BLOG: Twin headwinds hitting ID verification

As we head into the second quarter of 2024, the ID market is entering a transition period as portable digital identity solutions are starting to mature, which in the next five years will reduce the demand for identity verification solutions.

Alongside this, competition is having a particular influence on the market with a large number of vendors offering what appear to be similar core identity verification processes.

This is causing confusion among buyers and forcing vendors to offer additional features such as enhanced fraud detection and low-code integrations in order to differentiate.

This amalgamation of the ID market is set to continue as customers require a multiple solution for each KYC journey (document authentication, mobile authentication, email fraud risk checks etc ) so just providing one point solution ID is no longer valid for the market .

As a result, revenues are under pressure as the race to the bottom for transaction fees gains momentum.

At the same time, the malevolent use of AI stands as a key concern for ID verification providers as it becomes increasingly sophisticated.

Although generative AI is not new, the accessibility of tools using this AI – commonly known as deepfakes - and the public awareness of its capabilities have accelerated massively.

Gartner recently reported a significant increase in clients asking about the integrity of the identity verification process now that attackers have the potential to use deepfakes.

Such attacks can broadly be carried out in two ways through ‘presentation attacks’ where the deepfake image or video is displayed on the screen of a secondary device and ‘injection attacks’ where the deepfake image or video is digitally inputted into the identity verification process.

Academic research shows that deepfakes are almost five times better at spoofing verification solutions. Traditional spoofing methods like printed photos placed in front of the camera or realistic 3D masks succeed in 17.3 % of cases. Meanwhile, deepfake-enabled spoofing techniques to succeed in 86% of cases.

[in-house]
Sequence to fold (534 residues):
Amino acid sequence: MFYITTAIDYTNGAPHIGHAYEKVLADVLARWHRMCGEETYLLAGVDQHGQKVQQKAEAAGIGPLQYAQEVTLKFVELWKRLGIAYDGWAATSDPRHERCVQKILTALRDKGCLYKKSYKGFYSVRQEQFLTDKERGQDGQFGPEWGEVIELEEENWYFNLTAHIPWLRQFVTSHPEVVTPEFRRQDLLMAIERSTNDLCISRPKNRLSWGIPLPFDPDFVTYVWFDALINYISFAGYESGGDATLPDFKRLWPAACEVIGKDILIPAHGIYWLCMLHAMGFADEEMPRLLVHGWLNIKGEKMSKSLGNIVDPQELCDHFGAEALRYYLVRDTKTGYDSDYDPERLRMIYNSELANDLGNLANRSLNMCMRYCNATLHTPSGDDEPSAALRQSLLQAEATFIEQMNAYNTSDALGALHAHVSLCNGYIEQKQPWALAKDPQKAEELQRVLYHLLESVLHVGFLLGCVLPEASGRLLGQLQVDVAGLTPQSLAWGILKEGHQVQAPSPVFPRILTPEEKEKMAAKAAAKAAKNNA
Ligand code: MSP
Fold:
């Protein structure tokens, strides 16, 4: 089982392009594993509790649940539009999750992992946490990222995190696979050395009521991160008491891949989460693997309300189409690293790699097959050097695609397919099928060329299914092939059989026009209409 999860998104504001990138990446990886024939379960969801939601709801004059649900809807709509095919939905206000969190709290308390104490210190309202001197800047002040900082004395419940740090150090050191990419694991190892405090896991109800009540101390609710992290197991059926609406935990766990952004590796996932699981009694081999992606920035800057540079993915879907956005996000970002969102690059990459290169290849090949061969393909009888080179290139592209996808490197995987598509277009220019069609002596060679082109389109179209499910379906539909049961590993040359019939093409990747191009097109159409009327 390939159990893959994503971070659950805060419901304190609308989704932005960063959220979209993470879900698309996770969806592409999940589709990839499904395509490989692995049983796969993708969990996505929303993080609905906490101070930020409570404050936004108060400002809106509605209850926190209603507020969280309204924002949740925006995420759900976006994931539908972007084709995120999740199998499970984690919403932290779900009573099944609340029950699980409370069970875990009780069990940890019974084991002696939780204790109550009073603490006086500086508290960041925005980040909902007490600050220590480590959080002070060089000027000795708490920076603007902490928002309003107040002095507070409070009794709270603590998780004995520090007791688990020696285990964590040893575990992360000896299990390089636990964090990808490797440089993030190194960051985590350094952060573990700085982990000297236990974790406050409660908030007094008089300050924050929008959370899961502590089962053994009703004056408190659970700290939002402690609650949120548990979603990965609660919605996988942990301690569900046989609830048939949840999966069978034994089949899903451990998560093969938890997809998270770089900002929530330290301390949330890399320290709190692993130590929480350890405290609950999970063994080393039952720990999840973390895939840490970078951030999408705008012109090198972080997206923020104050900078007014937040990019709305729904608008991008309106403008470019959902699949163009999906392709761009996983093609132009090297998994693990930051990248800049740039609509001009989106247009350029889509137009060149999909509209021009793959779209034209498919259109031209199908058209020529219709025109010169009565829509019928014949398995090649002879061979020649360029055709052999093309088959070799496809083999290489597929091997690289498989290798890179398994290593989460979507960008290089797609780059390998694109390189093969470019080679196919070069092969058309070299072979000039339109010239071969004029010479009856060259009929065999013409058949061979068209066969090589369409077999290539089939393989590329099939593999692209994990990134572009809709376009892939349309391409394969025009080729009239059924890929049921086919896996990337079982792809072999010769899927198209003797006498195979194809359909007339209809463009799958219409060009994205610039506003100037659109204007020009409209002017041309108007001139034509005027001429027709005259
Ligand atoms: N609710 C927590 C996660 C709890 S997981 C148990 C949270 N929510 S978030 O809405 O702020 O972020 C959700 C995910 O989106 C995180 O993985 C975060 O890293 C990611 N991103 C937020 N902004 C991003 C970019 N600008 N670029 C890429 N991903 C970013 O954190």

This is essentially a new world problem and organisations need new world solutions to counteract them putting further pressure on the ID verification market.

So what makes the ideal ID verification solution? Firstly, more mature offerings will allow an organisation to configure the look and feel of the UI with respect to colours and logos to enable some alignment with corporate branding. The most advanced offerings provide drag-and-drop interfaces that enable deeper configuration of the UI and hence UX, such as requested data fields for the user to complete, flexibility for the user to select document types, and also calling out to third-party data affirmation sources that the vendor has integrated.

These low-code implementation approaches are proving to be attractive as they enable far faster implementations requiring fewer skilled resources, and encourage organisations to try vendor solutions, safe in the knowledge that their initial investment is relatively low. This is also enabling many small organisations to take advantage of such remote identity verification flows. There is a long tail of small independent businesses such as realtors or estate agents, lawyers or solicitors, financial advisors or tax specialists, who need to verify their customers’ identities for regulatory purposes and a remote identity verification process triggered by a QR code with results available for lookup on a portal opens up opportunities for new business processes and modes of interaction.

And what of digital onboarding providers? What role should they be playing as the ID verification market experiences a period of flux?

Most vendors have typically offered organisations an API for browser implementation and a software development kit (SDK) for mobile app implementation. Outside of the core document and selfie image capture UX, organisations have developed and managed the UI components that form the broader identity verification journey. However, vendors are increasingly offering low-code implementation approaches in which the vendor hosts and manages all of the UI components and the entire user journey related to identity verification.

A typical low-code implementation consists of the organisation either sending an SMS to the user containing a link or asking the user to scan a quick response (QR) code, both aimed at getting the user onto their mobile device and on their mobile browser, eventually onto a site hosted by the vendor. More accurate results are generally achieved when the user goes through identity verification on their mobile device as the camera quality is far superior to a laptop or desktop webcam. This also improves UX by reducing requests to the user to retake images due to poor quality.

Once the user has gone through the identity verification process, the vendor will then send data pertaining to the identity verification to the organisation. This may be achieved by the organisation through polling a vendor’s systems, using web hooks, or even simply looking up the results on the vendor’s administrative portal. At the basic end of the spectrum, vendors may offer a fixed UI that the organisation has no control over.

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